At 1MFWF, we always want to highlight work that’s happening around the country and across the globe pertaining to work flexibility. While our own blog features regular contributions from experts on this topic, we also keep an eye out for great articles elsewhere on the web. Here are some recent news items not to miss, including how work flexibility could help the economy after the coronavirus pandemic.

Commute to the Basement: How Flexible Work Can Help Save the Economy after Coronavirus

USA Today, Calli Williams Yost

For many companies, flexible work is “the way through and the way out” of the coronavirus crisis. Despite the disheartening news about the millions of people who have filed for unemployment due to COVID-19, the good news is flexible work has enabled many organizations to keep employees working and companies functioning.

Citing a study by Monmouth University, more than a quarter of working adults in the U.S. began working remotely, practically overnight in some instances. In short, the current crisis has brought about a Rose the Riveter moment that demonstrates how work flexibility “was made for times like these.”

3 Ways the COVID-19 Crisis Could Change Workforce Culture for the Better 

Forbes, MeiMei Fox

The COVID-19 pandemic may have a profound and permanent impact on the expectations workers have of their employers going forward. A study by Have Her Back Consulting, a woman-owned consultancy focused on women’s issues, points to three major shifts in workforce culture.

Going forward, working parents may have an expectation that employers will provide childcare support, a trend that encompasses fathers as well as mothers. More than ever, dissatisfaction with pre-pandemic remote work policies may be a driving force that spurs companies to broaden their policies on remote and flexible schedules. Finally, some 90% of the survey respondents said employers should offer protections like guaranteed income and paid sick leave in the event of future crises like the coronavirus pandemic.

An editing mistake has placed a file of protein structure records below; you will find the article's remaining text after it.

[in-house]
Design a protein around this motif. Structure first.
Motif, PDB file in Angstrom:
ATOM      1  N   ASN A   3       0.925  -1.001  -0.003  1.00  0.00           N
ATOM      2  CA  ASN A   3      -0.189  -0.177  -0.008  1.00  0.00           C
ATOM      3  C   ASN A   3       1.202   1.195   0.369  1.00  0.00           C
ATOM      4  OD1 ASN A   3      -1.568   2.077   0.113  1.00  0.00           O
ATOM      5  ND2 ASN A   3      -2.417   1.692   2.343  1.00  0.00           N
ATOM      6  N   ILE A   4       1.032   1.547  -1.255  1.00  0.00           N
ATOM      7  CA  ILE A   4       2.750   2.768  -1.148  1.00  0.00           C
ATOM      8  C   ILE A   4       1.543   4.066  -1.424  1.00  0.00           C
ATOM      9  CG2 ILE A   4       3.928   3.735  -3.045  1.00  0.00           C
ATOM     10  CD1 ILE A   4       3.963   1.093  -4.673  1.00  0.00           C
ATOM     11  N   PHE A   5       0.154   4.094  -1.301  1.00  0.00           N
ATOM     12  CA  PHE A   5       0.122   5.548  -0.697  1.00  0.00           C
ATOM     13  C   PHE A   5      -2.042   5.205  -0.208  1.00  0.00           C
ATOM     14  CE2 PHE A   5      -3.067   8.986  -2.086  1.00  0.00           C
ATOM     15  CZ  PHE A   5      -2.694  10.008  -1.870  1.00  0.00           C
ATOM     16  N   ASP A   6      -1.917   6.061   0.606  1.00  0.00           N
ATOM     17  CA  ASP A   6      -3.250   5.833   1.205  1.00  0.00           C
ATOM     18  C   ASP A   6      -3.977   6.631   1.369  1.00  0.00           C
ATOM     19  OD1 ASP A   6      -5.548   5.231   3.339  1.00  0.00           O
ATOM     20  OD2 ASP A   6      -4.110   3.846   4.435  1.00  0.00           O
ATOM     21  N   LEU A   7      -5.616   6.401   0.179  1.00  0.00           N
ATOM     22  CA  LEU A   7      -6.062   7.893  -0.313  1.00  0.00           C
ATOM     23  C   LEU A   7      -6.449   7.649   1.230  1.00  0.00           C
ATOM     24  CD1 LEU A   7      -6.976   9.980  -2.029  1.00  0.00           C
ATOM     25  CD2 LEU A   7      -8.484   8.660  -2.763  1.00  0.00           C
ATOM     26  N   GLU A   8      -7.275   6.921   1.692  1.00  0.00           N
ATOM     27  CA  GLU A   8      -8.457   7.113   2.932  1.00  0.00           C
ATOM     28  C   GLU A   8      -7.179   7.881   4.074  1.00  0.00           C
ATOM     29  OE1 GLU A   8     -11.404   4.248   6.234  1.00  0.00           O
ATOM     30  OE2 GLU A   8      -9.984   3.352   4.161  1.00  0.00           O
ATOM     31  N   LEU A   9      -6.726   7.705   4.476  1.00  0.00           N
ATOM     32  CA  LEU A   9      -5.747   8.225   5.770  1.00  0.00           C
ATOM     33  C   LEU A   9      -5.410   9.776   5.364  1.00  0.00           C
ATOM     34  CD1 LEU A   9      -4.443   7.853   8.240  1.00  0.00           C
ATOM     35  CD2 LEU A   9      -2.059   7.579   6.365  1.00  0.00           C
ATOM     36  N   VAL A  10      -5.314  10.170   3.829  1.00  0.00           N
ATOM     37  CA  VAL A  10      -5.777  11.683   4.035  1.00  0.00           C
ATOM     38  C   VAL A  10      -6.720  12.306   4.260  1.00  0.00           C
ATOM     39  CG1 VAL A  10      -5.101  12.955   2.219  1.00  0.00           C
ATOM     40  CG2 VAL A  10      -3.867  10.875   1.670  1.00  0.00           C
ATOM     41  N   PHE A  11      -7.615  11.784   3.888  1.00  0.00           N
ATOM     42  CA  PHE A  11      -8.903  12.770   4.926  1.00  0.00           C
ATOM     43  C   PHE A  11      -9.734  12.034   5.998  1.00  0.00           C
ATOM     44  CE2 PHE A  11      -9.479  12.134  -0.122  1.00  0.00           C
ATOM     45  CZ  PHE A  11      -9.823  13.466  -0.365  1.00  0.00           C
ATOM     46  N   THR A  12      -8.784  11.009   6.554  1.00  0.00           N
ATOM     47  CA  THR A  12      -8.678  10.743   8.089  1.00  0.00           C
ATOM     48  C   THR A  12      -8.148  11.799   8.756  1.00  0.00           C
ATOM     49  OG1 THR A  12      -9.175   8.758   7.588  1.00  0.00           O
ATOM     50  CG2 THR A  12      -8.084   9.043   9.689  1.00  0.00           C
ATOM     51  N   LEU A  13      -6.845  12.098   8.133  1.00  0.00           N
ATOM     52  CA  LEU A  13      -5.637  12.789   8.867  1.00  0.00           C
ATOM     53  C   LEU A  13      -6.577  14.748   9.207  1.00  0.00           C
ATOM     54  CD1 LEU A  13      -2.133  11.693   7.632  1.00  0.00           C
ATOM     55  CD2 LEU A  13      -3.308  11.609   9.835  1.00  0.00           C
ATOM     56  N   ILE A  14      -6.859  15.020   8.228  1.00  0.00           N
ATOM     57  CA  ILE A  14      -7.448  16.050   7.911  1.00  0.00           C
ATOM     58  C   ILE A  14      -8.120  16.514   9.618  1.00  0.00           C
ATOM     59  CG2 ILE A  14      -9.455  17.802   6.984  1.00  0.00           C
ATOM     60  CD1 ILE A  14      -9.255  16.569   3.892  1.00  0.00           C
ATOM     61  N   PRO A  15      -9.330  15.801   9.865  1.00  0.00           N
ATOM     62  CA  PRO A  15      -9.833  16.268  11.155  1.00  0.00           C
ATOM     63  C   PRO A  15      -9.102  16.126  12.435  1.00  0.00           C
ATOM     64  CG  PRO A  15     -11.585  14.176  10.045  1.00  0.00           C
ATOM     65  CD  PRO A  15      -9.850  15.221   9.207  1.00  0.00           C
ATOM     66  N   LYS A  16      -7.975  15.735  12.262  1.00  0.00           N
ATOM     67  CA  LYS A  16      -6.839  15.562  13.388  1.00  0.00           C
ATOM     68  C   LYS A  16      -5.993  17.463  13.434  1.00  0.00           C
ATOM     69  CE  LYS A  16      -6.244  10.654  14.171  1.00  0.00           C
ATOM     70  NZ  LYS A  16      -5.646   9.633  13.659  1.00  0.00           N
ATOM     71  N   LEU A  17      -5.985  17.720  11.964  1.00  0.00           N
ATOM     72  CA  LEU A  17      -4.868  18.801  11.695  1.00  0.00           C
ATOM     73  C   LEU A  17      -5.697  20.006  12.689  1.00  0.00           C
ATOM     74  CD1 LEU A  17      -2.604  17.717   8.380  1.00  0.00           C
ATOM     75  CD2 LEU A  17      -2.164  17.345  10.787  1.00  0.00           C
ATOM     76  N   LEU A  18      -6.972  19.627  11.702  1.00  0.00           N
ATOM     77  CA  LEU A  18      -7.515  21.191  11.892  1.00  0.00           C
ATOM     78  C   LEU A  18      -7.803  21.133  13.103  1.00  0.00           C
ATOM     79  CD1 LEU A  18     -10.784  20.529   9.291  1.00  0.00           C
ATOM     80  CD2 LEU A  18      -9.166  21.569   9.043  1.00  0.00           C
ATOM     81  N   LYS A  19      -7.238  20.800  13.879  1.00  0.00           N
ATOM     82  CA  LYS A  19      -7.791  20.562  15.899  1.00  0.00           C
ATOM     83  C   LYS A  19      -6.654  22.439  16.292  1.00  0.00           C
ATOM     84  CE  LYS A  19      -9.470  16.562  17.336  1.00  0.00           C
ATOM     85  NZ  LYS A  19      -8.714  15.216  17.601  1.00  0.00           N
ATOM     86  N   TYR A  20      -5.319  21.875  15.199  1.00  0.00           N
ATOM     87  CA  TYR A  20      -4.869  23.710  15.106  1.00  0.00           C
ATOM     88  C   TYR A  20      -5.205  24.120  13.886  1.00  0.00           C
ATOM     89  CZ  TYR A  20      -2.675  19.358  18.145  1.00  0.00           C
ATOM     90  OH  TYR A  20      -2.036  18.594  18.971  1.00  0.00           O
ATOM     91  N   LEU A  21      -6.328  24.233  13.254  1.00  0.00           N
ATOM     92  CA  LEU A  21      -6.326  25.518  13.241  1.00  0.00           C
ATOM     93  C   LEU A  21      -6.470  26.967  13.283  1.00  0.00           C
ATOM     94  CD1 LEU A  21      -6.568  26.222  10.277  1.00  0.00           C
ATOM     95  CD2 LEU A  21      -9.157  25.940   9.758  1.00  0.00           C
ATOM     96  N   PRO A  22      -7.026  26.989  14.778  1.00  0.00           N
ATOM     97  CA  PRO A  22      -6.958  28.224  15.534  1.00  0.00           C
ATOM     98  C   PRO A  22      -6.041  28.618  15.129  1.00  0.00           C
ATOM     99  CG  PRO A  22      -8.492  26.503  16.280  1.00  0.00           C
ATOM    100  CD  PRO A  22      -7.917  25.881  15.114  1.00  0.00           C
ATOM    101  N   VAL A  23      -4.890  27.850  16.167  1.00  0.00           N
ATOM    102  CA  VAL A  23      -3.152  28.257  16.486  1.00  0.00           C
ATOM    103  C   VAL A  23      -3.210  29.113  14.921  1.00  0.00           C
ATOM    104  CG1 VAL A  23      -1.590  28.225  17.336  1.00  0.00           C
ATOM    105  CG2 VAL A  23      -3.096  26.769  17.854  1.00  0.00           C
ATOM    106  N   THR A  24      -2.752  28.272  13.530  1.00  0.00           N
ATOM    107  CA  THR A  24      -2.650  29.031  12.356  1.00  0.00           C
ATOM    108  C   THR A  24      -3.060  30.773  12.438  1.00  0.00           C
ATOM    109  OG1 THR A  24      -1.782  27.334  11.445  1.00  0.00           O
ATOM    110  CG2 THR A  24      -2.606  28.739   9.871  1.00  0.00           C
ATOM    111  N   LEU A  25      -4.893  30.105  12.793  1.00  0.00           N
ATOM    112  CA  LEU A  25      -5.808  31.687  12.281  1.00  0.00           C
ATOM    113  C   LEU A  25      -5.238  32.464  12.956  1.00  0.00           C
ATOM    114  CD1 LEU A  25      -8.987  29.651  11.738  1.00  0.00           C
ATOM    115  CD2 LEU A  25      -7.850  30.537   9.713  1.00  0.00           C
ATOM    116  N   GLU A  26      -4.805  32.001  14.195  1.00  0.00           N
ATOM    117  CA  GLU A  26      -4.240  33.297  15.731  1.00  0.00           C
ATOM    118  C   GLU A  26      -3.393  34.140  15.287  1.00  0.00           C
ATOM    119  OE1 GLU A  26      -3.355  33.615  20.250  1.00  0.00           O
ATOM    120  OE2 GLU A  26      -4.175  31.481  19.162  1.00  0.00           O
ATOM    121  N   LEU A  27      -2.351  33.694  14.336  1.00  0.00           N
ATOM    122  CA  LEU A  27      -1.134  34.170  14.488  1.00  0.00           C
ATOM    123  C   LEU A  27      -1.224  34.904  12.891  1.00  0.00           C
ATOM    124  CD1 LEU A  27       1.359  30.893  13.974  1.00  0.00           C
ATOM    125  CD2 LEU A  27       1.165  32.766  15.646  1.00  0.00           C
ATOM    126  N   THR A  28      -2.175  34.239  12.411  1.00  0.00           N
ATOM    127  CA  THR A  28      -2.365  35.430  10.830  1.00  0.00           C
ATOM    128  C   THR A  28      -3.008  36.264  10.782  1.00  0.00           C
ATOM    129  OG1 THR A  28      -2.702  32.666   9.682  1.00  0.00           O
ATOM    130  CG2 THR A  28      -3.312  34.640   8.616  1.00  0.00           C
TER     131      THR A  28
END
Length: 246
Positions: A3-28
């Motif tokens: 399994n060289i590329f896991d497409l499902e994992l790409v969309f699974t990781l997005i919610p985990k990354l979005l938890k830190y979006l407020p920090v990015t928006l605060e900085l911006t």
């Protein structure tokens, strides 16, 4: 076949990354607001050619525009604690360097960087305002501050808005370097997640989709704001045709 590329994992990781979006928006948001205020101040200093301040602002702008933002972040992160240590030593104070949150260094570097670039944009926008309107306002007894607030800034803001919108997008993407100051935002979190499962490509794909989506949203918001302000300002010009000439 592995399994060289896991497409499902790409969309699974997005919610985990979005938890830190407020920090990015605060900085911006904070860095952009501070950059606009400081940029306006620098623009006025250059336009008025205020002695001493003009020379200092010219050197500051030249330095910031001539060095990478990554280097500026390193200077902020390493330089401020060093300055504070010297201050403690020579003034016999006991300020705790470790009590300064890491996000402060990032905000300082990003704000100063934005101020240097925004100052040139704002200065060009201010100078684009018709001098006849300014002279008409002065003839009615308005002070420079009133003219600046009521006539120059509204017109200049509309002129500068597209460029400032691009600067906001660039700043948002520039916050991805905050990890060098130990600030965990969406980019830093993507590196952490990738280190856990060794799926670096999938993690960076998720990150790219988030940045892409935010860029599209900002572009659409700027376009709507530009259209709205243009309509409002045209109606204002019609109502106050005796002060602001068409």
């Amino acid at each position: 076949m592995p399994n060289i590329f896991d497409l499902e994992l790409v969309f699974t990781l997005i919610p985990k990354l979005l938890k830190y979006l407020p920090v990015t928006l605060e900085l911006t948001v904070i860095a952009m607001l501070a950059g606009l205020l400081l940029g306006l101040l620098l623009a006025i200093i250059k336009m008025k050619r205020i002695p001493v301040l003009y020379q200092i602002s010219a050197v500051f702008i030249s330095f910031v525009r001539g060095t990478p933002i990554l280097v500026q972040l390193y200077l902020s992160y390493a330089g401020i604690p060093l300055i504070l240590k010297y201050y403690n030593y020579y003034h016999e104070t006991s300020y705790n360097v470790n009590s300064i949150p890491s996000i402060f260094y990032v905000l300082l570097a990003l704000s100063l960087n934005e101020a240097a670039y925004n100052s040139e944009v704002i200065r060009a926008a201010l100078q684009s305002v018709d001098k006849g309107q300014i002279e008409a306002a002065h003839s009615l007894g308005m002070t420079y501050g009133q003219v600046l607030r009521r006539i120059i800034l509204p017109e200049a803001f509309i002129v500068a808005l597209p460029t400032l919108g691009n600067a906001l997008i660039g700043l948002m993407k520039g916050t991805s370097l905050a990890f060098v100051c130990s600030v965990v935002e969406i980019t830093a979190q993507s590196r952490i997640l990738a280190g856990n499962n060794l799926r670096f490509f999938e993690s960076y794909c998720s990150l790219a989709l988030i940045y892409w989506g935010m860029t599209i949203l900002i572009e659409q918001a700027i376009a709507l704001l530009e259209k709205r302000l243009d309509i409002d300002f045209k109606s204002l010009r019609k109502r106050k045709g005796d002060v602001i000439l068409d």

COVID-19’s Economic Fallout Shows Why California Must Stop its War Against Freelancers

The San Bernardino County Sun, Mollie Williams and Caleb Trotter

A California law that governs working conditions for independent contractors has come into the spotlight because of COVID-19.

Assembly Bill 5 (AB5) requires companies in many cases to either hire freelancers outright or abstain from working with them at all. Meant to increase job stability and benefits for freelancers, the law has ostensibly made it harder for many freelancers to find jobs.

While AB5 is meant to protect freelancers from exploitation, it gives little heed to the fact that, in many cases, independent contractors prefer not to be hired as employees due to a loss of work flexibility. A federal lawsuit challenging the law has been filed on behalf of journalists, who have been particularly hard hit by the new measure. Now, with a tight job market, thanks to the pandemic, the law should be reconsidered as a way to ease the way for freelancers to return work, if possible.

A New Era of Telework Should Be the Beginning of a More Flexible Federal Workforce

Government Executive, Shawn Skelly

Fewer than half of government employees are officially authorized to work from home, but that may change in the wake of the coronavirus pandemic. The federal government has long required agencies to make remote work part of government policy, but COVID-19 may be the impetus to push those initiatives forward.

Remote work may also become more widespread among federal agencies due do generational change. About one-third of federal employees will become eligible for retirement in the next five years, making way for younger workers and an increased need to stay competitive with private industry and attract the best workers. Altogether, the changes already underway highlight the need to modernize the federal workplace, including putting flexible work plans into action.

“WFH” Stock Ticker Highlights Remote Work Surge

Employee Benefit News/Bloomberg, Katherine Greifeld

A new exchange-traded fund (ETF) is making its debut on the stock market under the ticker WFH, short for work from home. Direxion is starting the WFH ticker to track industries that are newly hot because of the pandemic.

Those industries include organizations specializing in remote work products and services, including cloud-computing technologies, cybersecurity, and remote communications, to name a few. The WFH ticker is a so-called thematic fund-tracking trend that seeks to capitalize on shifts and changes in the marketplace.

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